Patrice Lumumba was an African nationalist leader who briefly served as the first prime minister of the newly independent Democratic Republic of the Congo from June–September 1960 before being forced out of office during a political crisis; he was assassinated in early 1961.
See the touching letter he wrote to his dear wife;
“My dear wife,
I am writing these words to you, not knowing whether they will ever reach you, or whether I shall be alive when you read them.
Throughout my struggle for the independence of our country I have never doubted the victory of our sacred cause, to which I and my comrades have dedicated all our lives.
But the only thing which we wanted for our country is the right to a worthy life, to dignity without pretence, to independence without restrictions.
This was never the desire of the Belgian colonialists and their Western allies, who received, direct or indirect, open or concealed, support from some highly placed officials of the United Nations, the body upon which we placed all our hope when we appealed to it for help.
They seduced some of our compatriots, bought others and did everything to distort the truth and smear our independence.
What I can say is this—alive or dead, free or in jail—it is not a question of me personally.
The main thing is the Congo, our unhappy people, whose independence is being trampled upon.
That is why they have shut us away in prison and why they keep us far away from the people. But my faith remains indestructible.
I know and feel deep in my heart that sooner or later my people will rid themselves of their internal and external enemies, that they will rise up as one in order to say ‘No’ to colonialism, to brazen, dying colonialism, in order to win their dignity in a clean land.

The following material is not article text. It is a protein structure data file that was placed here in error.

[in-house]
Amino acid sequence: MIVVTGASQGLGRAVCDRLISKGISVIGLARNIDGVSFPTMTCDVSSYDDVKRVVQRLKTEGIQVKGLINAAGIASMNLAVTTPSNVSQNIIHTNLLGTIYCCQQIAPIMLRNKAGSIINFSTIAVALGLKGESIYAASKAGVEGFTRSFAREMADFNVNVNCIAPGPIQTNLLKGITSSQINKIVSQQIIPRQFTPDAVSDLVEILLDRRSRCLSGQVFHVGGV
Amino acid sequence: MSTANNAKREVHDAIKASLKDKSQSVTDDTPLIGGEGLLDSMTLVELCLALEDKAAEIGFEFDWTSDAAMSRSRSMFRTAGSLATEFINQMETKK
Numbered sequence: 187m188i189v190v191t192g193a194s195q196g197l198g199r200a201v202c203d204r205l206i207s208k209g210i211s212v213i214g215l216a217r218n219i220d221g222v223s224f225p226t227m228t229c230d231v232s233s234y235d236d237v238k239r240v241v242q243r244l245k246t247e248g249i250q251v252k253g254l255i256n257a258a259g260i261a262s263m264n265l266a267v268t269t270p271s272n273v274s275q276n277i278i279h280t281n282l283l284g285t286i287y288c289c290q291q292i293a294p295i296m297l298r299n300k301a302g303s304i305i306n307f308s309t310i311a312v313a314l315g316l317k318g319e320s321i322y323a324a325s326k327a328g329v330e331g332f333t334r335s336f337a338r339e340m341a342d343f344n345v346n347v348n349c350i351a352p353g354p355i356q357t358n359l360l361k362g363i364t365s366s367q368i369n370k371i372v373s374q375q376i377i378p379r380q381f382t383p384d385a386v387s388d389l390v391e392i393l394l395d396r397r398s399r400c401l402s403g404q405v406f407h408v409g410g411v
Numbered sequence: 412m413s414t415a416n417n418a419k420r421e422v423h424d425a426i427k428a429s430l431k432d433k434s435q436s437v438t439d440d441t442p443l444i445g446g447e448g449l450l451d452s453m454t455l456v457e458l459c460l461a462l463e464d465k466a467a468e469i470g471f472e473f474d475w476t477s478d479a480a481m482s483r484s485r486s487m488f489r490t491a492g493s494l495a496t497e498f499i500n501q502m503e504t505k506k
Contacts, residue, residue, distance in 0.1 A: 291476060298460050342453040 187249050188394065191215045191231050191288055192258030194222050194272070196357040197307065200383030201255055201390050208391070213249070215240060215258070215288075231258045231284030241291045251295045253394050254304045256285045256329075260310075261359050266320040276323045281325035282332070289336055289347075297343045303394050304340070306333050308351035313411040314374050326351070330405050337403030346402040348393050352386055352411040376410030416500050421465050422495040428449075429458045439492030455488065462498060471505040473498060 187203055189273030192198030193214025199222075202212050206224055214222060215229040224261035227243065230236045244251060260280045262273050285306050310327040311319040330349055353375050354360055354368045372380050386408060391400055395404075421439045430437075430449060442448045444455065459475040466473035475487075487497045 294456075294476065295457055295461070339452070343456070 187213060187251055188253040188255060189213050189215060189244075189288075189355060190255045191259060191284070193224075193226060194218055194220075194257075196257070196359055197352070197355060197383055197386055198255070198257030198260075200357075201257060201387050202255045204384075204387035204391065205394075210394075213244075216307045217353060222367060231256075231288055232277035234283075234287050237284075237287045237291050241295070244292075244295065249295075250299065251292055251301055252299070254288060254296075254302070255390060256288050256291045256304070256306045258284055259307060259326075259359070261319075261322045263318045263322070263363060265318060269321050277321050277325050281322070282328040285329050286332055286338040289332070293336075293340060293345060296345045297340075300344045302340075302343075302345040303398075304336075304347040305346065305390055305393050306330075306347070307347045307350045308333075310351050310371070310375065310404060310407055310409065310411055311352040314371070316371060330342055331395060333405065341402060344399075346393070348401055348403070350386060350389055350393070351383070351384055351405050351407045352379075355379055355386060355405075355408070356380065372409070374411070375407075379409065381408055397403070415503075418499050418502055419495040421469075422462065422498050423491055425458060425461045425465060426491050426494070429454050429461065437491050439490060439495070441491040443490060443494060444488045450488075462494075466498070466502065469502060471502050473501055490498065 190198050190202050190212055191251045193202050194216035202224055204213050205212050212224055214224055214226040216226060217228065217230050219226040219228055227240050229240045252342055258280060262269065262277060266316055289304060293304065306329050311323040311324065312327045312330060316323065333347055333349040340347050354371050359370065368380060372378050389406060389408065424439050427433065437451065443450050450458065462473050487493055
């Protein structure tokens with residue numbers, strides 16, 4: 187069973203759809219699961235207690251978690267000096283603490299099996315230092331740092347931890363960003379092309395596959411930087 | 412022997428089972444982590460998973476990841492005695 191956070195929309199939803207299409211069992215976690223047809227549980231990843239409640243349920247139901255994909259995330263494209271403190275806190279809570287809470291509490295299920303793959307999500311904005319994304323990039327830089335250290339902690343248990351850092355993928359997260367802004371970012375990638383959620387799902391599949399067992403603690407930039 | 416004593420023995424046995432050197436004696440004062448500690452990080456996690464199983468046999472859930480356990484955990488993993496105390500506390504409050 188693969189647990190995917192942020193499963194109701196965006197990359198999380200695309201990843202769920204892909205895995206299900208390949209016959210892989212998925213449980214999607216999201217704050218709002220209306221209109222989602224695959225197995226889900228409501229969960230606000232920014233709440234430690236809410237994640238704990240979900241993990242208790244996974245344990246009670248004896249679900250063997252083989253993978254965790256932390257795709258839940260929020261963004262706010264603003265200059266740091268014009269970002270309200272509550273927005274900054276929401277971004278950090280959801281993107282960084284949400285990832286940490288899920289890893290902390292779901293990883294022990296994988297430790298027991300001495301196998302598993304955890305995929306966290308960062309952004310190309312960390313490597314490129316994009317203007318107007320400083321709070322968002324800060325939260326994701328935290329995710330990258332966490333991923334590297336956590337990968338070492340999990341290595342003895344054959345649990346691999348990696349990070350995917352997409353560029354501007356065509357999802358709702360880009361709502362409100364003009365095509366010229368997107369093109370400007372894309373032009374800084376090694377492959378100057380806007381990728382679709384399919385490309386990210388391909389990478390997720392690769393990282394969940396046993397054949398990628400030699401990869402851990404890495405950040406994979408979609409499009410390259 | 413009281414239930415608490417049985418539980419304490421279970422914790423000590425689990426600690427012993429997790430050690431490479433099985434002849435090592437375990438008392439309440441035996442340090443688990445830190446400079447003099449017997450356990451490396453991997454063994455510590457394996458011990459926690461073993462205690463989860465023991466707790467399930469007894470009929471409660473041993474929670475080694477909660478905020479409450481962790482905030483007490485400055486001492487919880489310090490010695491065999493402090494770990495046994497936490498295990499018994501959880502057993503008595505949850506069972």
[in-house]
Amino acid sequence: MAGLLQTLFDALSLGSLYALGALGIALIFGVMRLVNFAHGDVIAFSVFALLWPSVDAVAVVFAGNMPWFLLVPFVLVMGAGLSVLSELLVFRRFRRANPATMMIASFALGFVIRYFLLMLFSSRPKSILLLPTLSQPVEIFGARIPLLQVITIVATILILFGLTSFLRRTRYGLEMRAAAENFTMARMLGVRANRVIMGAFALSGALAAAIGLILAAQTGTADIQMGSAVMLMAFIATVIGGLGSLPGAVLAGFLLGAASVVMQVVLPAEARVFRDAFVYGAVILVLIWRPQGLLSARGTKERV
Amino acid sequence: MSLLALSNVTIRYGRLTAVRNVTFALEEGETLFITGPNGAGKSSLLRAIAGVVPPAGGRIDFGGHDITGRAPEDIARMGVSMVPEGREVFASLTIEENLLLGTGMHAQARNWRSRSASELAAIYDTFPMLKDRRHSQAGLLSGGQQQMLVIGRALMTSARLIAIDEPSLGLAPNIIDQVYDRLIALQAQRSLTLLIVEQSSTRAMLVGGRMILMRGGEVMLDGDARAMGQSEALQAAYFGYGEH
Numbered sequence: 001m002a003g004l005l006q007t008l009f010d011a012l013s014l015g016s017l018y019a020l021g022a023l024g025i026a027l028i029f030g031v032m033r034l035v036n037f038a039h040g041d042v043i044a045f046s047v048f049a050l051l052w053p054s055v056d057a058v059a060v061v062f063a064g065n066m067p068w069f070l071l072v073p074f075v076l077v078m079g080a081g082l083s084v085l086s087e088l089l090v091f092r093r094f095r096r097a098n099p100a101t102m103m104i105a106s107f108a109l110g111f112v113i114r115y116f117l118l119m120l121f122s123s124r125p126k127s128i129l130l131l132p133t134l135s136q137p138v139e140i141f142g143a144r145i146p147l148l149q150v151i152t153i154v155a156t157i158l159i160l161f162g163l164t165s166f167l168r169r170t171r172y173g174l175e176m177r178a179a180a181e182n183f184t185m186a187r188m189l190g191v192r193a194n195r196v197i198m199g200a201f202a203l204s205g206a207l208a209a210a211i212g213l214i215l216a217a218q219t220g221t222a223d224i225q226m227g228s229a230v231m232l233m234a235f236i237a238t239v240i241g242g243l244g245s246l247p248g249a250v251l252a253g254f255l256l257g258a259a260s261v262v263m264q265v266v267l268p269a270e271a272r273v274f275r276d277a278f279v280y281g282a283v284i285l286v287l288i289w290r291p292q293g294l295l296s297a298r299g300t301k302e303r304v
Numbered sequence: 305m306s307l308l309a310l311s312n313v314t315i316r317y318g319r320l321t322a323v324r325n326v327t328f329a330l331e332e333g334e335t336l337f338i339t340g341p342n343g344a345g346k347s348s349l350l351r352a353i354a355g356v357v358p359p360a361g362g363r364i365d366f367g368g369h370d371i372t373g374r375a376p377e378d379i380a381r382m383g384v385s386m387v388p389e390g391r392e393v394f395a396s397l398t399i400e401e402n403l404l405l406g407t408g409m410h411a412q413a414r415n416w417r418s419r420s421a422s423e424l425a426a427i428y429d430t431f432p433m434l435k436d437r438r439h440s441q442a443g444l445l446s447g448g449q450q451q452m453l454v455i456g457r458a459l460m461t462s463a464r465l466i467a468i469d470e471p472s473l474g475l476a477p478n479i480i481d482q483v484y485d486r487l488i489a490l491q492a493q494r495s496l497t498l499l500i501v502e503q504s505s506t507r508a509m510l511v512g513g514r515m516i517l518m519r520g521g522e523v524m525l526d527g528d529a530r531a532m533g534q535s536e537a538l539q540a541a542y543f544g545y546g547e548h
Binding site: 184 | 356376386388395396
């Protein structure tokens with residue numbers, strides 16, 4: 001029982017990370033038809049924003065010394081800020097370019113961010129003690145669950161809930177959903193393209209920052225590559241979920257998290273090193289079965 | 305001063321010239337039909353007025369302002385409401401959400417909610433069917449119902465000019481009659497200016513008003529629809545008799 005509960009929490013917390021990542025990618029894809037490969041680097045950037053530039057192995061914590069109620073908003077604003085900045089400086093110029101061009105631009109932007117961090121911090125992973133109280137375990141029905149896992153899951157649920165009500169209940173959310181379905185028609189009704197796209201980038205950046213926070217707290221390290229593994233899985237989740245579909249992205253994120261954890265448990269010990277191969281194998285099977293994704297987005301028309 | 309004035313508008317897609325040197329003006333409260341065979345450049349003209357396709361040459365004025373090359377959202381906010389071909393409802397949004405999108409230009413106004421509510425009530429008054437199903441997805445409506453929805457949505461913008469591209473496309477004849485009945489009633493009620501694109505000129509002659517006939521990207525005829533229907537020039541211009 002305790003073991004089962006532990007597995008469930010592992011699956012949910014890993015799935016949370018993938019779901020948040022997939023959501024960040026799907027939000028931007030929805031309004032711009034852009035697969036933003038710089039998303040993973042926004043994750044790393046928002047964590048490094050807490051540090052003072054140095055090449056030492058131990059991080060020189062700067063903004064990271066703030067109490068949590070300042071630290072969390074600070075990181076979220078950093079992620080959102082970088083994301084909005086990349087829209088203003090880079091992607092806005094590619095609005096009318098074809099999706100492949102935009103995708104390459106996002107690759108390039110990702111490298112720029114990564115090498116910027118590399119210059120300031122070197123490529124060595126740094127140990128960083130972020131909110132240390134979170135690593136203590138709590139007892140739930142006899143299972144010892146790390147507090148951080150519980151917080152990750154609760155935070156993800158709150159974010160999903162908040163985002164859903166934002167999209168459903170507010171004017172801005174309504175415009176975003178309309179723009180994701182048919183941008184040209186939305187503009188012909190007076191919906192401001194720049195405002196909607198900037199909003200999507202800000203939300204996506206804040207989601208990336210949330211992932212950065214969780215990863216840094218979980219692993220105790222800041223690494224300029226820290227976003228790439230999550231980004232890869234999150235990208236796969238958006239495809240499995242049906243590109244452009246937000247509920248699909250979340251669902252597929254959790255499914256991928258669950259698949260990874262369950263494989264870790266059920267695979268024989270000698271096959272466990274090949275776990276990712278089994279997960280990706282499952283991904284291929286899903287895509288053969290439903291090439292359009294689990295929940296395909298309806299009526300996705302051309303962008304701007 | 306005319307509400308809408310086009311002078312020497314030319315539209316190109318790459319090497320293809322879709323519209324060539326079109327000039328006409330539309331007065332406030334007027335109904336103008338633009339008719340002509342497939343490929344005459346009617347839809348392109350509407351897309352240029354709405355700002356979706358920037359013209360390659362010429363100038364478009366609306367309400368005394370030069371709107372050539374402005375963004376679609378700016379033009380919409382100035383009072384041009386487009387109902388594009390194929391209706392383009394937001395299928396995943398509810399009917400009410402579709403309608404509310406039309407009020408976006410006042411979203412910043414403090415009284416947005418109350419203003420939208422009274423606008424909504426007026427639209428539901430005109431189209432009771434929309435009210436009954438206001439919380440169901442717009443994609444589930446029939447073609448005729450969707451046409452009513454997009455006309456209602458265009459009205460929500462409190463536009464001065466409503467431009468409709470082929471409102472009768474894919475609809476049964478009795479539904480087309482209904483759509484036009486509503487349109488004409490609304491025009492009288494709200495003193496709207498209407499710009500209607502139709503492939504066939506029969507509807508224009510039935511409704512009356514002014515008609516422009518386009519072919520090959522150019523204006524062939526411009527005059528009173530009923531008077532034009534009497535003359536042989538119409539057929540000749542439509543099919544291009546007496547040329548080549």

We are not alone. Africa, Asia, the free peoples and the peoples fighting for their freedom in all corners of the world will always be side by side with the millions of Congolese who will not give up the struggle while there is even one colonialist or colonialist mercenary in our country.
To my sons, whom I am leaving and whom, perhaps, I shall not see again, I want to say that the future of the Congo is splendid and that I expect from them, as from every Congolese, the fulfilment of the sacred task of restoring our independence and our sovereignty.
Without dignity there is no freedom, without justice there is no dignity and without independence there are no free men.
Cruelty, insults and torture can never force me to ask for mercy, because I prefer to die with head high, with indestructible faith and profound belief in the destiny of our country than to live in humility and renounce the principles which are sacred to me.
The day will come when history will speak. But it will not be the history which will be taught in Brussels, Paris, Washington or the United Nations.
It will be the history which will be taught in the countries which have won freedom from colonialism and its puppets.
Africa will write its own history and in both north and south it will be a history of glory and dignity.
Do not weep for me. I know that my tormented country will be able to defend its freedom and its independence.
Long live the Congo!
Long live Africa!
Letter Source: African Archives